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Daniel Nathans (1928-1999) was an American molecular biologist whose pioneering work with restriction enzymes provided one of the cornerstones of "the new genetics." His early research advanced scientific understanding of protein synthesis in bacterial viruses. Later, working with tumor viruses, he was the first to demonstrate how recently-discovered restriction enzymes--which recognized specific DNA sequences and cut DNA at those points--could be used to analyze and map a viral genome. Restriction enzymes rapidly became essential tools of molecular biology, enabling much faster gene sequencing and mapping, as well as recombinant DNA technology. Nathans received the 1978 Nobel Prize in Physiology or Medicine for this work.
The Alan Mason Chesney Medical Archives of the Johns Hopkins Medical Institutions is the repository for the Daniel Nathans Papers, which range from 1951 to 1999. The collection contains correspondence, laboratory notebooks, photographs, reprints, and reports.
As part of its Profiles in Science project, the National Library of Medicine has collaborated with the Alan Mason Chesney Medical Archives of the Johns Hopkins Medical Institutions to digitize and make available over the World Wide Web a selection of the Daniel Nathans Papers for use by educators and researchers. This site provides access to the portions of the Daniel Nathans Papers of the Alan Mason Chesney Medical Archives of the Johns Hopkins Medical Institutions that have been selected for digitization. Individuals interested in conducting research in the Daniel Nathans Papers are invited to contact the Alan Mason Chesney Medical Archives of the Johns Hopkins Medical Institutions.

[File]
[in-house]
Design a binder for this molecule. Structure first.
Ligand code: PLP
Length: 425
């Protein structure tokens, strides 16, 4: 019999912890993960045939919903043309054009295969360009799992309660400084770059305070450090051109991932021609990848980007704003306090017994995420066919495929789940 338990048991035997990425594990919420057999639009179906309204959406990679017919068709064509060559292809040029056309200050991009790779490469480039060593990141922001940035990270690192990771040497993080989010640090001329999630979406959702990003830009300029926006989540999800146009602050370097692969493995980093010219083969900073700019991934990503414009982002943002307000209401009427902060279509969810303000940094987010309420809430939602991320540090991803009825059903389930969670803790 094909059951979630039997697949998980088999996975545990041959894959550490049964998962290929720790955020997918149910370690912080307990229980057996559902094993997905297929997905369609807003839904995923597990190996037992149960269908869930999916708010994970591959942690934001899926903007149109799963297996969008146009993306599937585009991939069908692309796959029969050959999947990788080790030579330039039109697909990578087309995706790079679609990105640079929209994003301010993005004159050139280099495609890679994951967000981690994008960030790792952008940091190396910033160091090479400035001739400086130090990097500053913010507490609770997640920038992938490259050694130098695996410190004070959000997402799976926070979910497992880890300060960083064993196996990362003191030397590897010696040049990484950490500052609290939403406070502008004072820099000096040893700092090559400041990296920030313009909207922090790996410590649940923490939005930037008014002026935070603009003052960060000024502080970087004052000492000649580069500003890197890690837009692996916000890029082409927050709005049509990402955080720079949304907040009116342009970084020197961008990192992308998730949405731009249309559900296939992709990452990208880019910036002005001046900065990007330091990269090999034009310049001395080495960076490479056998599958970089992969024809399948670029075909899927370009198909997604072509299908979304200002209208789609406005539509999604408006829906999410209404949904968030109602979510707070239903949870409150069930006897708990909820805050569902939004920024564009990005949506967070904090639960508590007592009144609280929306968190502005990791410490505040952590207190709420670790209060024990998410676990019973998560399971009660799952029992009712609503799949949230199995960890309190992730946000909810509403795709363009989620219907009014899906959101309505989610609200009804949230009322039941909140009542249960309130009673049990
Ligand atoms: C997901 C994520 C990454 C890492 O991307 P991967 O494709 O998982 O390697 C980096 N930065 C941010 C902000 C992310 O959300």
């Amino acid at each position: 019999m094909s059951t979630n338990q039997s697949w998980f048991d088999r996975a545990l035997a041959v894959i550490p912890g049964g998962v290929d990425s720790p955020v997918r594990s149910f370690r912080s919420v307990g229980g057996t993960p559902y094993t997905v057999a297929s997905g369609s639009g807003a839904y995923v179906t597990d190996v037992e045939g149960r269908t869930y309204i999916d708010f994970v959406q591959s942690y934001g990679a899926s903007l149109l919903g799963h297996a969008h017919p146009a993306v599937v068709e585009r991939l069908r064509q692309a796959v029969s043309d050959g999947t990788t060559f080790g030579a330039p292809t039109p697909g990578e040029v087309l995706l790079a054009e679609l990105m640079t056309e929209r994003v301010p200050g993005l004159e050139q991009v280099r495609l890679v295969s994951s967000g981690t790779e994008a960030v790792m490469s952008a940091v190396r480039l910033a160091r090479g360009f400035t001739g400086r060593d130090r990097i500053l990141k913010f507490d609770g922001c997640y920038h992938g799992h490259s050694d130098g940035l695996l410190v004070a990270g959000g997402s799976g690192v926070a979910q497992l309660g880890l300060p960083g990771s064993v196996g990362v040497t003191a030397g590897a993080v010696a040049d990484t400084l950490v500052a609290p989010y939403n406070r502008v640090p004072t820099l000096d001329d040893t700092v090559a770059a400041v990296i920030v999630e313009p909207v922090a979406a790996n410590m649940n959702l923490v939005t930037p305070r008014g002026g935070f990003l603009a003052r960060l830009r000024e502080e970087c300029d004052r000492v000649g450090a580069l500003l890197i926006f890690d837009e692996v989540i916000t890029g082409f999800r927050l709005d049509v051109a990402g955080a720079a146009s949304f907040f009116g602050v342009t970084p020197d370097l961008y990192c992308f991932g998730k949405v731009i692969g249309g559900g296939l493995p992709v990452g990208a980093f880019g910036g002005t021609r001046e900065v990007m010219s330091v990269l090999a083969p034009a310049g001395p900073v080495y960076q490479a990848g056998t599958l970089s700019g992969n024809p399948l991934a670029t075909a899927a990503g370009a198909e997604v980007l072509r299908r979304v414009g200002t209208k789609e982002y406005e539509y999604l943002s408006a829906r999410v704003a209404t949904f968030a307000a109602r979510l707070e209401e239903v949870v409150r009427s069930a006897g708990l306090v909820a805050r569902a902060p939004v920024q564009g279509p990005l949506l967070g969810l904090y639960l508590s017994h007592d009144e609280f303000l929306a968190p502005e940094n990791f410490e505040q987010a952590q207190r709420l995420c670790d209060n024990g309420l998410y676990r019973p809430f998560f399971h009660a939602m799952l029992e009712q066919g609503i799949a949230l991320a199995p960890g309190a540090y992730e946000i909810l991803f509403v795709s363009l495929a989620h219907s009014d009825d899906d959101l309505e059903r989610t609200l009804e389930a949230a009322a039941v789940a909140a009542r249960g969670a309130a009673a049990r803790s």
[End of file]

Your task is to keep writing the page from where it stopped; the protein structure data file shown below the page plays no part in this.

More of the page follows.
This online Exhibit is designed to introduce you to the various phases of Nathans's scientific career and professional life. It is divided into sections that focus on Nathans's life and major scientific contributions. We suggest that new visitors begin with this exhibit, which includes a small selection of documents and visuals, organized within these sections. Each section begins with a "Background Narrative," which leads to "Documents" and "Visuals."
Visitors may access additional materials through Search on the navigation bar. They may also view the materials alphabetically or chronologically by choosing Browse on the navigation bar. Documents and visuals in these lists are arranged by format and then either alphabetically by title or chronologically.